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Andy Butler

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If you have been lucky enough to have seen one of Andy Butler’s drawings of cars,  locomotives or hedgerows close up, you might mutter to yourself: “How does that man do that?” and be tempted to throw your own pencils and brushes away. It’s all down to being born in the engineering town of Burton upon Trent, a little stroke of luck and of course oodles of ability.

“Head always over the drawing board


The foundations were laid at secondary school where Andy says he and the art teacher just clicked. He had never thought of drawing saucepans but took to it like a duck to water – trying to bring out the texture of an item and to master the treatment of light and shade. Technical Drawing was also on the curriculum, even more enjoyable than Art. The drawing board and tee square soon became Andy’s favourite pieces of equipment – to construct a helix or draw a screw thread or produce orthographic projection and surface areas of complicated shapes. In the evening, while the rest of the family was watching TV, Andy kept them company with his drawing board on his lap but in his head was miles away drawing a car or a lorry or a cross section through a car’s gearbox. Andy says his relationship with pencils stems from this time – it is the reason why he finds it so important to begin all his work with a pencil.




It comes as no surprise then that Andy wanted to be a car designer but here that little stroke of luck comes in – instead of going down that route he was one of just a few who were taken on as an engineering apprentice in a company that built locomotives. After a five-year apprenticeship there was little that Andy did not know about locomotives and he then spread his professional wings, working for big names like British Rail, Eurotunnel, Alsthom and Bombardier, to mention just a few.


While Andy’s expertise on rolling stock kept the family fed, drawing and painting fed his soul. He experimented with lines, shapes and abstract images, used spray cans, poster paints. He admits that he did not make much use of an oil painting set given to him by his mother but in 1998 came the big turning point: ‘Watercolour Challenge’ had aired on Channel 4 and Andy had watched it with enthusiasm. Another gift arrived: this time a W H Smith set of watercolours from his wife. Soon Andy got hooked on what watercolour can do – the way the colour spreads, predictable and yet not wholly predictable. Andy says he always has an idea in his mind of what he wants to achieve but it nearly always comes out differently. That is the joy.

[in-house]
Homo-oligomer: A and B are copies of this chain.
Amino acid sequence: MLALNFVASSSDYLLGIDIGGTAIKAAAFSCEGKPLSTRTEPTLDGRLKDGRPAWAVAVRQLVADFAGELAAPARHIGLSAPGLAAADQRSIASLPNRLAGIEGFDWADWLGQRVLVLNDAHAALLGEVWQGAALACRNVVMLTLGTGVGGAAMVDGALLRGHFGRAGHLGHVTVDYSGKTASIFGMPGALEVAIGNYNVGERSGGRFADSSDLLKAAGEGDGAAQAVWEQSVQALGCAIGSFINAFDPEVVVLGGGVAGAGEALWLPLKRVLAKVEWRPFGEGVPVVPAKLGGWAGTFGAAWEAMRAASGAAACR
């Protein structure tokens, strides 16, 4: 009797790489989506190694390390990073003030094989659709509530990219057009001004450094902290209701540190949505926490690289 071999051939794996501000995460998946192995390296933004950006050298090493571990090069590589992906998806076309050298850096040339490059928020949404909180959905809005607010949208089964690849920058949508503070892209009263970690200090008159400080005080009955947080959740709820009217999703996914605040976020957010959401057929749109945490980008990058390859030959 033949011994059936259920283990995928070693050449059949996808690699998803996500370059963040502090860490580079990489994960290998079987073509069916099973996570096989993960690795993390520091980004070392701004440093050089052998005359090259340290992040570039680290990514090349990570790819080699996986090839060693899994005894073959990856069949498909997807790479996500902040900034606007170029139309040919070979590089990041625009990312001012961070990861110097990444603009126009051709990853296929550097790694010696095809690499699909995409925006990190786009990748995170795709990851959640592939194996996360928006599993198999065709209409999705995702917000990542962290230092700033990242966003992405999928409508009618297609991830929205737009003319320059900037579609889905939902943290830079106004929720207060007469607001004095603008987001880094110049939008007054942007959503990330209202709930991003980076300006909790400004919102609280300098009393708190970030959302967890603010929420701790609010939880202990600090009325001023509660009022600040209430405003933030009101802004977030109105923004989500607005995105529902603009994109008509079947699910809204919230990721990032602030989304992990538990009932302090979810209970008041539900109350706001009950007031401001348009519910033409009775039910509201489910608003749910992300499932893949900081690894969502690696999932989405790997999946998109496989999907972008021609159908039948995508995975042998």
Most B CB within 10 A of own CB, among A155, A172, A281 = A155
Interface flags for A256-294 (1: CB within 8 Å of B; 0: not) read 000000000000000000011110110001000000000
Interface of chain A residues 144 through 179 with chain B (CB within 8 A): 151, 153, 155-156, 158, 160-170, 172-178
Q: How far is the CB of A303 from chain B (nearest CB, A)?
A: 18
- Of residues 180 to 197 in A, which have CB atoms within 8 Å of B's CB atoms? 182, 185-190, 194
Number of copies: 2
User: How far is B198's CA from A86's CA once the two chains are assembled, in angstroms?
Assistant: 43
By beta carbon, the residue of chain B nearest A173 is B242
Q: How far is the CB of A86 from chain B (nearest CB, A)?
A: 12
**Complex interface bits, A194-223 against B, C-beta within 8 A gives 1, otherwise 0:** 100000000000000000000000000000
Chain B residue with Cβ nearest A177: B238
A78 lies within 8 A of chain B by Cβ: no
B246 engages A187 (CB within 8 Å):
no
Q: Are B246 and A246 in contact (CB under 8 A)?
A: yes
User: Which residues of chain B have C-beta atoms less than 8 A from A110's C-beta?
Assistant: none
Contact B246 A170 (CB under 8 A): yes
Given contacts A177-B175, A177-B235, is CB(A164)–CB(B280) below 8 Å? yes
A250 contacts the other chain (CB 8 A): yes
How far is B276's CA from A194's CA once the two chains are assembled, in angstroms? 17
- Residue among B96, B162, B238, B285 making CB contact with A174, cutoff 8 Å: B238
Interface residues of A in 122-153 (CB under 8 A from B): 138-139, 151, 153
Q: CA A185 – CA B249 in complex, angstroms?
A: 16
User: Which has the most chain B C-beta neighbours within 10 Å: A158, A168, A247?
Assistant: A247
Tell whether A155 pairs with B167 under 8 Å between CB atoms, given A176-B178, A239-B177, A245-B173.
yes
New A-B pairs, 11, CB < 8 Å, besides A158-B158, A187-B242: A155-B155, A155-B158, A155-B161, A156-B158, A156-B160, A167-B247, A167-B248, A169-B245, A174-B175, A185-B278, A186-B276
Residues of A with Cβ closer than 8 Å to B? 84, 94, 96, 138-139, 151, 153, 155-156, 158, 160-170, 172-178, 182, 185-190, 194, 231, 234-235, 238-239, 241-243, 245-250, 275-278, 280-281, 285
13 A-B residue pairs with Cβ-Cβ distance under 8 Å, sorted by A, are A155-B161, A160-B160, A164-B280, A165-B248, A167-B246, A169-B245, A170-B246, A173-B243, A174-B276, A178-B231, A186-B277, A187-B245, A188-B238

“Predictable and yet not

wholly predictable

Watercolour is the firm favourite now as Andy’s medium. Often when you put colour on the paper with the intention to blend it, as you concentrate on one part of the painting at the same time on the other side an area of paint dries with a hard edge. But Andy says over time he’s found a way to minimise errors and mishaps. There has definitely been an evolution in his style: now that he is able to use watercolour in a more precise way he can take bigger risks.



Andy loves detail, in architecture and people. So everything is fully drawn – people’s faces, the correct number of window panes in a building. What is noticeable is that there is almost a compulsion to come back to straight lines. And it’s equally noticeable that Andy does not change the motif to suit the paper, no, instead he makes the paper larger, wider by using a panoramic format. His paintings are based on his photographs – always several photos so that he can build his composition and then decide how big to go.


“Detail and panoramic format







At the WOKAS Autumn 2022 exhibition Andy’s painting ‘Folkestone’ was chosen for the NFU Mutual Ashford, Tenterden and Whitfield Art Prize. Andy recalls feeling pleased, elated and quite emotional. He joined WOKAS two years ago, on moving to Tenterden, and values the fact that the society provides a platform for artists to exhibit. At the May 2023 WOKAS exhibition his painting ‘Hedgerow’ came second favourite in the people’s vote – that also means a great deal to him, to have that connection with the observer.